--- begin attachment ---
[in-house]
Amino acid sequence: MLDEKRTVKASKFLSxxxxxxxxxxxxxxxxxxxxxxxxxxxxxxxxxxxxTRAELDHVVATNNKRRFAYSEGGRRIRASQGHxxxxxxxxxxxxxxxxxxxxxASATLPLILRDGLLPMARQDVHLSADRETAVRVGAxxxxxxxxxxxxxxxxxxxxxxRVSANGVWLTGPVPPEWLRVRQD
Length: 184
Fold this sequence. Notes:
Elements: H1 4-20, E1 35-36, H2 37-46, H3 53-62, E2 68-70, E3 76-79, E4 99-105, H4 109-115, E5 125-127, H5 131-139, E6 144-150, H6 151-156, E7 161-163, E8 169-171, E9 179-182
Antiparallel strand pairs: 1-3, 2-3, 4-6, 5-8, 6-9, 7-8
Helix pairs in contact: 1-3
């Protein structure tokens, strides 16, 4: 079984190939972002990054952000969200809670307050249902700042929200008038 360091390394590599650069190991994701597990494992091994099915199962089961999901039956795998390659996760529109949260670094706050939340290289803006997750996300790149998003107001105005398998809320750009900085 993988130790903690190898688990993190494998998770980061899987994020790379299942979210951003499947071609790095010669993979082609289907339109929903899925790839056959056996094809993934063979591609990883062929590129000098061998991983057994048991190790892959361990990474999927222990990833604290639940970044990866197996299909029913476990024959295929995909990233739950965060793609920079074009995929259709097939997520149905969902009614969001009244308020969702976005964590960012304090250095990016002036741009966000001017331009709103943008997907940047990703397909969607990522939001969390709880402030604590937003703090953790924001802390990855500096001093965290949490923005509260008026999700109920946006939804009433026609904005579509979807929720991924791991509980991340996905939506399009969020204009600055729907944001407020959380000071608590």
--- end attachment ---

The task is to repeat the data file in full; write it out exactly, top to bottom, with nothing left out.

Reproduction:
[in-house]
Amino acid sequence: MLDEKRTVKASKFLSxxxxxxxxxxxxxxxxxxxxxxxxxxxxxxxxxxxxTRAELDHVVATNNKRRFAYSEGGRRIRASQGHxxxxxxxxxxxxxxxxxxxxxASATLPLILRDGLLPMARQDVHLSADRETAVRVGAxxxxxxxxxxxxxxxxxxxxxxRVSANGVWLTGPVPPEWLRVRQD
Length: 184
Fold this sequence. Notes:
Elements: H1 4-20, E1 35-36, H2 37-46, H3 53-62, E2 68-70, E3 76-79, E4 99-105, H4 109-115, E5 125-127, H5 131-139, E6 144-150, H6 151-156, E7 161-163, E8 169-171, E9 179-182
Antiparallel strand pairs: 1-3, 2-3, 4-6, 5-8, 6-9, 7-8
Helix pairs in contact: 1-3
């Protein structure tokens, strides 16, 4: 079984190939972002990054952000969200809670307050249902700042929200008038 360091390394590599650069190991994701597990494992091994099915199962089961999901039956795998390659996760529109949260670094706050939340290289803006997750996300790149998003107001105005398998809320750009900085 993988130790903690190898688990993190494998998770980061899987994020790379299942979210951003499947071609790095010669993979082609289907339109929903899925790839056959056996094809993934063979591609990883062929590129000098061998991983057994048991190790892959361990990474999927222990990833604290639940970044990866197996299909029913476990024959295929995909990233739950965060793609920079074009995929259709097939997520149905969902009614969001009244308020969702976005964590960012304090250095990016002036741009966000001017331009709103943008997907940047990703397909969607990522939001969390709880402030604590937003703090953790924001802390990855500096001093965290949490923005509260008026999700109920946006939804009433026609904005579509979807929720991924791991509980991340996905939506399009969020204009600055729907944001407020959380000071608590």